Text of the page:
and on the 10th of April thirteen hundred of this admirable infantry were still unarmed.
This inaction gave time for conference with the General-in-Chief
with reference to the union of our forces against General Sherman
's army, and an officer1
of high rank, the personal friend of both, visited General Lee
, for me, on this interesting subject.
It also enabled the chief quartermaster
and chief commissary to provide for a march by collecting supplies of food and forage.
The press dispatches, received in the morning of April 5th, announced that Richmond
was evacuated by the Administration in the night of the 2d.
I inferred from this that General Lee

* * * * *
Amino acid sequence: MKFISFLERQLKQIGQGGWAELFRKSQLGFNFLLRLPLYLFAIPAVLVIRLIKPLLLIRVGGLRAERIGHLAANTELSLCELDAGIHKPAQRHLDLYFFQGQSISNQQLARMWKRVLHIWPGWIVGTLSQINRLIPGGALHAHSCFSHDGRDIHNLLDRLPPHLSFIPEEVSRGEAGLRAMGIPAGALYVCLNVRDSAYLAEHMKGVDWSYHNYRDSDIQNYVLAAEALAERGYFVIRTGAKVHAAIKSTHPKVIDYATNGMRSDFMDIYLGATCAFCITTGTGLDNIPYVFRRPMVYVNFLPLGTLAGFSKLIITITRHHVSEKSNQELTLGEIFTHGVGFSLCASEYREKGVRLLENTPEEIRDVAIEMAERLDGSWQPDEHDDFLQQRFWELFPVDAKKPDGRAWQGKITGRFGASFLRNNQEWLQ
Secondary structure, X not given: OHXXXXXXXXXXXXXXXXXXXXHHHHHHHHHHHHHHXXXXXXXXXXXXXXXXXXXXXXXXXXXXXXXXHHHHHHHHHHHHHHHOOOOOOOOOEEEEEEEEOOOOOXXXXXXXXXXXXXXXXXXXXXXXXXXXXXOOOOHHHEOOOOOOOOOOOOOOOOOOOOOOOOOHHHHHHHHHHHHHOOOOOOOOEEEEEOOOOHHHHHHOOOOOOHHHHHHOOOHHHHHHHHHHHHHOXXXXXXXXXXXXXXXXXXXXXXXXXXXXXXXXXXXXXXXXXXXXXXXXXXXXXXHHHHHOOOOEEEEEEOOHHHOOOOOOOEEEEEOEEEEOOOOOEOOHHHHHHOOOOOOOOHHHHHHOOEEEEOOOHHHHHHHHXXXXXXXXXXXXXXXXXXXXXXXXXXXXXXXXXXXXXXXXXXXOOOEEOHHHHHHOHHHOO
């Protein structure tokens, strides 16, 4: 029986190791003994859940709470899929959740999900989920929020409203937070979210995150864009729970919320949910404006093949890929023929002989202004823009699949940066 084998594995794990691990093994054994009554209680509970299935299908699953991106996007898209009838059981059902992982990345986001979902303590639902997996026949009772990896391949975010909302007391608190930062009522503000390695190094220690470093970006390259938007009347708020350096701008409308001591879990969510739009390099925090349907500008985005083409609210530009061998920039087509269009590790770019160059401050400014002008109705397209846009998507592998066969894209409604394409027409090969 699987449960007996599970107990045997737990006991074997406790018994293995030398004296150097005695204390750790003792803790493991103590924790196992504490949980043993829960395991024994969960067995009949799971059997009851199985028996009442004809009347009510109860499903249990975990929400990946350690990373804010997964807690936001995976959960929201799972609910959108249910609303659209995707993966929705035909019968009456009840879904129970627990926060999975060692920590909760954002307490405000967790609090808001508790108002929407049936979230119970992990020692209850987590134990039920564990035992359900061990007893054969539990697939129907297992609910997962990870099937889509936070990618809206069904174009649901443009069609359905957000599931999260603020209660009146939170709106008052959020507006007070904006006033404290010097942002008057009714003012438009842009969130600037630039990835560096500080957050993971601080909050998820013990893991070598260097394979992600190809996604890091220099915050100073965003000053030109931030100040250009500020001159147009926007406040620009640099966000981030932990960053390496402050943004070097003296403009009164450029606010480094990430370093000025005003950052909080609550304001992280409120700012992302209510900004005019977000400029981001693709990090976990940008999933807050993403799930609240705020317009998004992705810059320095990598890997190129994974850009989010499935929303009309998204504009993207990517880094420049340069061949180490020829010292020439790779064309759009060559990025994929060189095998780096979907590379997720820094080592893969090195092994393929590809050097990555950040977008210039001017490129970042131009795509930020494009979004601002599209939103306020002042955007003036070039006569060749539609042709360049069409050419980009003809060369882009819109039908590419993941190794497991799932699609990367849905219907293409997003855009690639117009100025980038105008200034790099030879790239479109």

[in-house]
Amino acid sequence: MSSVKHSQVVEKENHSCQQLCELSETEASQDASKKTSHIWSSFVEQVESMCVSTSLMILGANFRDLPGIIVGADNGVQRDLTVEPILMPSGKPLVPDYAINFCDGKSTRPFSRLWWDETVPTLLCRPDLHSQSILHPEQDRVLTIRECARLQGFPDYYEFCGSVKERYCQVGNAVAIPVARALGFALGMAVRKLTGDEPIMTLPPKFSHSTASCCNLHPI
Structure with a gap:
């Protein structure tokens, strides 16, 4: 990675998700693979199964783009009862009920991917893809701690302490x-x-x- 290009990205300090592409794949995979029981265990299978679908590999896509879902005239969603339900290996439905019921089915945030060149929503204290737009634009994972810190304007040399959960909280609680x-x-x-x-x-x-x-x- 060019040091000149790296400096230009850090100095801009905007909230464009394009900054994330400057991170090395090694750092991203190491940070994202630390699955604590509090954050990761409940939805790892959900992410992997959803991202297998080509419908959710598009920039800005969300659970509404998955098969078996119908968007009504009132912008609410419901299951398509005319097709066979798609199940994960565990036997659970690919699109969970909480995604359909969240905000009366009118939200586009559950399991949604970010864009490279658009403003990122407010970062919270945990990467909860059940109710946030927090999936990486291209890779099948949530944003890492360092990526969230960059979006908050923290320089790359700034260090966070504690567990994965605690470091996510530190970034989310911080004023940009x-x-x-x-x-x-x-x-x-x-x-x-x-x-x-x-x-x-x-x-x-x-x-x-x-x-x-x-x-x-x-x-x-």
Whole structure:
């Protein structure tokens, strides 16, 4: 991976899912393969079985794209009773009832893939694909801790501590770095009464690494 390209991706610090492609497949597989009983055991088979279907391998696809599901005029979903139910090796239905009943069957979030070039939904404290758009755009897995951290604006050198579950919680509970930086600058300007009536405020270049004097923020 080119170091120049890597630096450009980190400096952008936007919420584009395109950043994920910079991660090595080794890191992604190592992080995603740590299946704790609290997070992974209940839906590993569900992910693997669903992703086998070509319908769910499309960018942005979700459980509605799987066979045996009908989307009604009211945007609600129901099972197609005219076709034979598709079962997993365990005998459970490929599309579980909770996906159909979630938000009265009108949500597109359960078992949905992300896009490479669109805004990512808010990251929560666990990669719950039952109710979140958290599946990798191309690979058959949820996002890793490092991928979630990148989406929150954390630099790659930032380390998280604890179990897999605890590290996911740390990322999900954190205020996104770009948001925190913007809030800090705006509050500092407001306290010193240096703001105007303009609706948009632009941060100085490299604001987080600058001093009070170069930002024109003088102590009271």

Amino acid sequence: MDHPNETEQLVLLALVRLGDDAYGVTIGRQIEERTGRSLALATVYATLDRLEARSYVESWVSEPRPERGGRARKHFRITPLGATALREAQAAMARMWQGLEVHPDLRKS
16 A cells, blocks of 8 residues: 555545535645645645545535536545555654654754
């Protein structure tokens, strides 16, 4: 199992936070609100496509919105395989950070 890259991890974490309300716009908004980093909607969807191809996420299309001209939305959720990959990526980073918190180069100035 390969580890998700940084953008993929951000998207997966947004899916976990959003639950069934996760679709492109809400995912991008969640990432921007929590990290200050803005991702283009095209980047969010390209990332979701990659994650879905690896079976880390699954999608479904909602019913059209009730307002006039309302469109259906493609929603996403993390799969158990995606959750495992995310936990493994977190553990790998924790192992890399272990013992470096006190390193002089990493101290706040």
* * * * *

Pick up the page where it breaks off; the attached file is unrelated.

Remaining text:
was about to abandon the defense of Richmond
, to unite our forces.
Supposing the Secretary of War
to be with the President
, I asked him, in a telegram directed to that place, to give me full information of the movements of the Army of Northern Virginia.
This dispatch was acknowledged on the same day by the President
, who was unable to give me the information asked for. Telegrams from Brigadier-General H. H. Walker
, at Danville
, and Colonel Wood
, the President
's aide-de-camp, at Greensboroa, dated the 7th and 8th respectively, were favorable.
One from the Secretary of War
dated the 9th, at a railroad-station near the Staunton River
, was less so. But there was nothing in any one of the three to suggest the idea that General Lee
had been driven
from the position held many months with so much skill and resolution.
The last indicated, however, that he was encountering